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An Eagle Putt Lifts An Eagle Posted May 05, 2011 12:00 AM EDT
By John Galle



HARRISONBURG - In golf, with a putter in hand, 50 feet can seem like a mile. Directing a ball into the hole from that distance is akin to hitting a halfcourt shot in basketball or completing a Hail Mary pass in football - rare achievements.

"It's basically like a 1 in 50 chance to make that," Bridgewater College senior golfer Mike Redwood said. "You've got to get lucky to make those."

On April 19, Redwood was preparing for his third stroke on the back fringe of the par-5 18th hole at Bay Creek Resort in Cape Charles, tied for the lead in the Old Dominion Athletic Conference tournament but 50 feet from the cup.

His opponent, co-leader Noah Ratner of Guilford, was eyeing a 10-foot birdie.

"There was probably about 30 people there," BC coach Lee Williams recalled. "They were the last group of the day. It was important and they knew it was tied."

Initially, Redwood thought he pushed the putt to the right. The ball, though, broke sharply to the left late and disappeared into the cup for an eagle - giving Redwood his second straight ODAC championship.

"Everyone screamed in joy, I guess except the Guilford people," Williams said of the putt. "There was a lot of jumping up and high-fiving [among] fans. It was such a remarkable putt. Such a lucky putt."

Remarkable, lucky - and clutch: Redman didn't just beat any golfers for his two league crowns. Both times, he beat the conference's Player of the Year - including Guilford's Peter Latimer in a playoff a season ago.

This week, Redwood - the first two-time ODAC champion in the league's 34-year history - was chosen as one of just five golfers (excluding qualifying teams) to compete in the NCAA Division III tournament, which begins Tuesday at the Grandover Resort in Greensboro, N.C.

"My named popped up as the last one on the list," said Redwood, who was carefully monitoring the NCAA website during the announcement from noon to 3 p.m. Monday. "I guess they did the individuals in alphabetical order."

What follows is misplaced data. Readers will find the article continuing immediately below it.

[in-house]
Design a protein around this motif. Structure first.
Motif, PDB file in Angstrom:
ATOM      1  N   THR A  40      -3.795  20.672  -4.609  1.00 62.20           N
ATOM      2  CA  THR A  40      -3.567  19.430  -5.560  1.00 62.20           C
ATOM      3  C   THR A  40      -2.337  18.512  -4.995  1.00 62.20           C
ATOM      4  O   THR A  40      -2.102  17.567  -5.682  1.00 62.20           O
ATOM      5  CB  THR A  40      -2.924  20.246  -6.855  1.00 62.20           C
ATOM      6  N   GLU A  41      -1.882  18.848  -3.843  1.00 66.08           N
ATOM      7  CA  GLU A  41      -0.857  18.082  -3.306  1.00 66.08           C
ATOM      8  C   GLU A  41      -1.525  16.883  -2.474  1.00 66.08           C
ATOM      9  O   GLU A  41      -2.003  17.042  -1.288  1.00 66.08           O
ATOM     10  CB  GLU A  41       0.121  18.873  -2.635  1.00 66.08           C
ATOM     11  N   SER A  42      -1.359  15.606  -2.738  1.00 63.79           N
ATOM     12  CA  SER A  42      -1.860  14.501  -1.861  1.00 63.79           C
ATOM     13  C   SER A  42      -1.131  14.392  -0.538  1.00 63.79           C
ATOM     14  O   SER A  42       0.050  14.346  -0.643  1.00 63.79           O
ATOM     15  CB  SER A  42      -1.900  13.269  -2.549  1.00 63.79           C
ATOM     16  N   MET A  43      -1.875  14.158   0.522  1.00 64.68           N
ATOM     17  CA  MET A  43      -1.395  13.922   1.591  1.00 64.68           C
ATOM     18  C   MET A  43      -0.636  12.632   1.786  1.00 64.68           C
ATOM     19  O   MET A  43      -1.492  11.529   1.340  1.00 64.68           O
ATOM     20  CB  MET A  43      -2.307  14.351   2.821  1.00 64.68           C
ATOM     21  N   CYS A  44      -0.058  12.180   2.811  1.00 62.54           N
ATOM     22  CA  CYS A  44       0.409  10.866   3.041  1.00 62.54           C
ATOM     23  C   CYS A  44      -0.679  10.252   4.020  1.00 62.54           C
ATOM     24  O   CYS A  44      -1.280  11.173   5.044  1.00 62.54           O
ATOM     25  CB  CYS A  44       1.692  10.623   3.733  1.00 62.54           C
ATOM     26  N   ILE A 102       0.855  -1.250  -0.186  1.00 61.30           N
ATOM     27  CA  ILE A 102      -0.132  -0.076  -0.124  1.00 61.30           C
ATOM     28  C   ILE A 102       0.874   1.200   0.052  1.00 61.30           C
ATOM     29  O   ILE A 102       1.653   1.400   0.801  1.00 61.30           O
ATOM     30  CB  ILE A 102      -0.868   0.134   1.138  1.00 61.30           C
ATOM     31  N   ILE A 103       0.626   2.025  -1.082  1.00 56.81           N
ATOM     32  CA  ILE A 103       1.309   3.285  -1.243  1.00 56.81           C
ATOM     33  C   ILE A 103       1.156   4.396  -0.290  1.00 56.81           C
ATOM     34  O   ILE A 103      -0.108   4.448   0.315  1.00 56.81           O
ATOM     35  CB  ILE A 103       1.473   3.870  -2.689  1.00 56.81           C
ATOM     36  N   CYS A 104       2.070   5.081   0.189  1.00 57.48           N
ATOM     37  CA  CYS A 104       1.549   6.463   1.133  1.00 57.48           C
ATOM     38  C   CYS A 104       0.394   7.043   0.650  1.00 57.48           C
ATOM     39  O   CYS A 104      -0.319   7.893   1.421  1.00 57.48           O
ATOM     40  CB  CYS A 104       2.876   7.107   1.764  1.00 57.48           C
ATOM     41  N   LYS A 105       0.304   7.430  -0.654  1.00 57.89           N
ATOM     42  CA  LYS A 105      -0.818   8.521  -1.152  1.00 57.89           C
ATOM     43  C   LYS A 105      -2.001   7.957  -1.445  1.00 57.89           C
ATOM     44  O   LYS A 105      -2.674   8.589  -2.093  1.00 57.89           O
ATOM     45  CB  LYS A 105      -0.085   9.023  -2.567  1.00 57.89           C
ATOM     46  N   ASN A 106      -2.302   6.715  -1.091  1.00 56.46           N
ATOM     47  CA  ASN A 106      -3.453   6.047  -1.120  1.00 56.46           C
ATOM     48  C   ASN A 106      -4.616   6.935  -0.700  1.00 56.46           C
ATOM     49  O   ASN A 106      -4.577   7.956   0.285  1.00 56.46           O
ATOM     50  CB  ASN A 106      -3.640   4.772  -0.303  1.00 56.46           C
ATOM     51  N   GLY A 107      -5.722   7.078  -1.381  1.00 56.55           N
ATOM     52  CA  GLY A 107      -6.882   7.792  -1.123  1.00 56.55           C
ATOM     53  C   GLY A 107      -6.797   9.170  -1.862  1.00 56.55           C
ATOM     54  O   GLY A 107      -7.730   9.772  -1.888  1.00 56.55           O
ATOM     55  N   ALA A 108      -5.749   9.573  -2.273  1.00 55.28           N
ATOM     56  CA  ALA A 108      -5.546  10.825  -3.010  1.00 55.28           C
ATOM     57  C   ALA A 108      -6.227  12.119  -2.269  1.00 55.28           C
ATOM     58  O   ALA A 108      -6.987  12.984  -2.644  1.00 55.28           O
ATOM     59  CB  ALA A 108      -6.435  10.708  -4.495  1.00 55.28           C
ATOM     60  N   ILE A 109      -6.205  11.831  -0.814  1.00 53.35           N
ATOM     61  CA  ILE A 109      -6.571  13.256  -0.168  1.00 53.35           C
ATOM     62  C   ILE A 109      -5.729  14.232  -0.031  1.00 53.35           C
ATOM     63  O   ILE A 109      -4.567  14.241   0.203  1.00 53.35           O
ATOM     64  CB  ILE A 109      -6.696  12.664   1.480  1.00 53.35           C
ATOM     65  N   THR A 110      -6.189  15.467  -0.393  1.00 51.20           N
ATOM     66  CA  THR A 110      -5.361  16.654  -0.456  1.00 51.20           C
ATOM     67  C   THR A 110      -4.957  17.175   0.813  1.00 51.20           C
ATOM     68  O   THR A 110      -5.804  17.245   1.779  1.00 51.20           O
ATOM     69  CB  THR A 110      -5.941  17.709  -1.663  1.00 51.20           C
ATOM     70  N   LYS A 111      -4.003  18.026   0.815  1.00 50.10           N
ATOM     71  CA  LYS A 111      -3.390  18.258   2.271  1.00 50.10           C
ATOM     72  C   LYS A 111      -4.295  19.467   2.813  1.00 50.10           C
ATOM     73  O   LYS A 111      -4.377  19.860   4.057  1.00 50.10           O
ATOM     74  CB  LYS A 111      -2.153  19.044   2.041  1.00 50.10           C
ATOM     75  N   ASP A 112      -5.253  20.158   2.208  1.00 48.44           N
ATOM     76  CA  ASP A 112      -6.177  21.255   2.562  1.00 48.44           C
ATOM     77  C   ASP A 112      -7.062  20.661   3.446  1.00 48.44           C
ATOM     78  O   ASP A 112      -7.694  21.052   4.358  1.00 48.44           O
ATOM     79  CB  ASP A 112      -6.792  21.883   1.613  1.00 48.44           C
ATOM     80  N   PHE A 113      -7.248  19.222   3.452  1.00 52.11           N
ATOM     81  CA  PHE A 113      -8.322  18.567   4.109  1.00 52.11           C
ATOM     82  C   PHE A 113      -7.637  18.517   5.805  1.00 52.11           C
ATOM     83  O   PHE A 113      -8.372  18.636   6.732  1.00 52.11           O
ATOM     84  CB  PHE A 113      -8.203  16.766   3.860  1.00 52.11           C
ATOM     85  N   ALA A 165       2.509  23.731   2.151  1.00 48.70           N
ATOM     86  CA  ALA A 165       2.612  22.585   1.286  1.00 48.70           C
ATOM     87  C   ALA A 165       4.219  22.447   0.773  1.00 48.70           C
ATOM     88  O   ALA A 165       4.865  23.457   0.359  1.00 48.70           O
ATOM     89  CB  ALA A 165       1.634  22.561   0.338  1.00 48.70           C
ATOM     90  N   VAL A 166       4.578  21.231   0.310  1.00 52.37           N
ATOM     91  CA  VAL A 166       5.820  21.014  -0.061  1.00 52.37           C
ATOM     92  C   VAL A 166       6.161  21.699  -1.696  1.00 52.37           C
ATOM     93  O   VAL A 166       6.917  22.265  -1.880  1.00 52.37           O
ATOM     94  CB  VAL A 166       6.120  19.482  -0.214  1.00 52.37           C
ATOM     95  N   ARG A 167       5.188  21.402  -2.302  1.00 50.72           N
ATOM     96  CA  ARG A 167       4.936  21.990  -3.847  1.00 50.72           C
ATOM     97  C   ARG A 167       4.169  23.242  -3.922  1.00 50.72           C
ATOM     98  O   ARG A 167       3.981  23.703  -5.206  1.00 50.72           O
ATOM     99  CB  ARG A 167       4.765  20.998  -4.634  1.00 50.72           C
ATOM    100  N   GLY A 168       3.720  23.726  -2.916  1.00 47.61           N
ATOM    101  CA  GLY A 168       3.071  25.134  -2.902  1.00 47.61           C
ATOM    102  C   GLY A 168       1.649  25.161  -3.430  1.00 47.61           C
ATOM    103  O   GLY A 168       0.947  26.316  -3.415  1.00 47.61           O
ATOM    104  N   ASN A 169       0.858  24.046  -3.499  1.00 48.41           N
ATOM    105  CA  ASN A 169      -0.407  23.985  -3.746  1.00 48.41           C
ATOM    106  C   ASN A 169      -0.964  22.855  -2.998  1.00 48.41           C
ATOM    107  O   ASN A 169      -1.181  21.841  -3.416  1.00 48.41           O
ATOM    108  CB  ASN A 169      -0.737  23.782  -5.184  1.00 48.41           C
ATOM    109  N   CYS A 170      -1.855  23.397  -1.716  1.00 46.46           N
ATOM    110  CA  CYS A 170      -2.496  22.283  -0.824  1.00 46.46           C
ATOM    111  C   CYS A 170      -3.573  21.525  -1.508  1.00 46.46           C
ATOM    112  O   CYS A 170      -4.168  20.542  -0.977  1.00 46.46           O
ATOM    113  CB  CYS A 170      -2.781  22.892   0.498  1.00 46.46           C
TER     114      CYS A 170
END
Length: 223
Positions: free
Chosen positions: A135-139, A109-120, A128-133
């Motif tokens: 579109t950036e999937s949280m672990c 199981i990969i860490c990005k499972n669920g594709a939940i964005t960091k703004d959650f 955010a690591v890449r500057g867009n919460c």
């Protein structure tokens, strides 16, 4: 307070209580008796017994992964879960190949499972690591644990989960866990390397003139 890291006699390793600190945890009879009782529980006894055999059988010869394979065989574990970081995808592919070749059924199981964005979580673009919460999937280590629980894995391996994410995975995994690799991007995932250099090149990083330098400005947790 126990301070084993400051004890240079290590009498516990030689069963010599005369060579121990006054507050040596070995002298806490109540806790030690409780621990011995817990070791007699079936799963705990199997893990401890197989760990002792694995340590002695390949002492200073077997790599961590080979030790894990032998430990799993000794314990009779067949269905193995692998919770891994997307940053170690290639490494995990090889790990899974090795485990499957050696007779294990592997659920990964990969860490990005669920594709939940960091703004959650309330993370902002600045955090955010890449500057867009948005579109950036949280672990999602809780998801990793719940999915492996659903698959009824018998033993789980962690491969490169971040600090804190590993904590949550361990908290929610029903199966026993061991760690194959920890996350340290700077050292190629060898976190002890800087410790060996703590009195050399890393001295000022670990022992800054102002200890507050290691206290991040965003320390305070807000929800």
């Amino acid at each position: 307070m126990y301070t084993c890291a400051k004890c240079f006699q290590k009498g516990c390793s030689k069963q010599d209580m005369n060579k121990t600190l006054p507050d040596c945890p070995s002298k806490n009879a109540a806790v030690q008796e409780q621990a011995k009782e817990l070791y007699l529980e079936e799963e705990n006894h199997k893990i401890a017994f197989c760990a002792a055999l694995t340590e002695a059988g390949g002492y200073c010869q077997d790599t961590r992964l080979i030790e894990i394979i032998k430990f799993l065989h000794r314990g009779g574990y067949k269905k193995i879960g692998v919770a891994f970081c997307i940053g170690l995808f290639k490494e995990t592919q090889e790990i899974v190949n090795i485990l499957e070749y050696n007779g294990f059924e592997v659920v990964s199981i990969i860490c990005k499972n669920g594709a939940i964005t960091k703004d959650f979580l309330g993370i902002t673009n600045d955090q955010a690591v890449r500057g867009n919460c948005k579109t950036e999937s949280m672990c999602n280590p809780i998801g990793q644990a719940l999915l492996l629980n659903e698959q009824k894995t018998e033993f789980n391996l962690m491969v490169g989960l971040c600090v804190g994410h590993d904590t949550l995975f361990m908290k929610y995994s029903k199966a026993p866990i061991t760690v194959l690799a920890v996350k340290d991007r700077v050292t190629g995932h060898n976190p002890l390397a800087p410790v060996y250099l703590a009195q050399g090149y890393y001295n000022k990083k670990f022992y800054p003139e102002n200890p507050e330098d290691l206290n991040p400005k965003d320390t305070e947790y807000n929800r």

"It was more excitement than relief," he added, "because I wasn't overly expecting to get in. I thought I had a 50-50 chance."

Last season, when Bridgewater earned the ODAC automatic berth over Guilford (this year's team champion), none of the individual selections came out of the Southeast Region. This spring, there are three: Redwood, Trey Bidwell from Maryville (Tenn.) and first alternate Hudson Keener from LeGrange (Ga.), who is playing in place of Max Bonk of Pacific (Ore.), according to Williams. Defending NCAA champion Tain Lee of Claremont-Mudd-Scripps and Nicholas Palladino of Rochester (N.Y.) round out the five individual selections.

To help Redwood's odds in what Williams called the NCAA's somewhat "subjective" selection process, the coach armed the selection committee's Southeast regional representative, Brian Chafin, with as much ammunition as he could. Redwood ranked eighth in the country with a 73.33 stroke average in his 22½ rounds, and the Virginia Beach native also recorded a season-low 65 at the Marine Corps Intercollegiate tournament, tied for the sixth-lowest round of the season in Division III.

"It's a pretty big deal to be in the top eight in the country, out of those 1,500 golfers," Williams said. "That's why he deserved to be in the NCAA tournament."

Having Chafin - the golf coach at Centre College in Kentucky - in his corner was particularly helpful. 

"It was actually fortunate I knew him a little bit," said Redwood, who visited Centre before choosing to attend Bridgewater over Randolph-Macon and Christopher Newport. "I talk to him all the time when I see him in tournaments. It was nice to have someone who knew me to pitch my résumé and help me get [selected]."

On his 50-foot putt, Redwood said he believes that stroke probably was crucial in swaying the selection committee because it gave him his first tournament victory of the season - and a big one.

The 5-foot-11, 155-pound Redwood didn't play his best golf in his first NCAA appearance last year, shooting rounds of 81 and 74.



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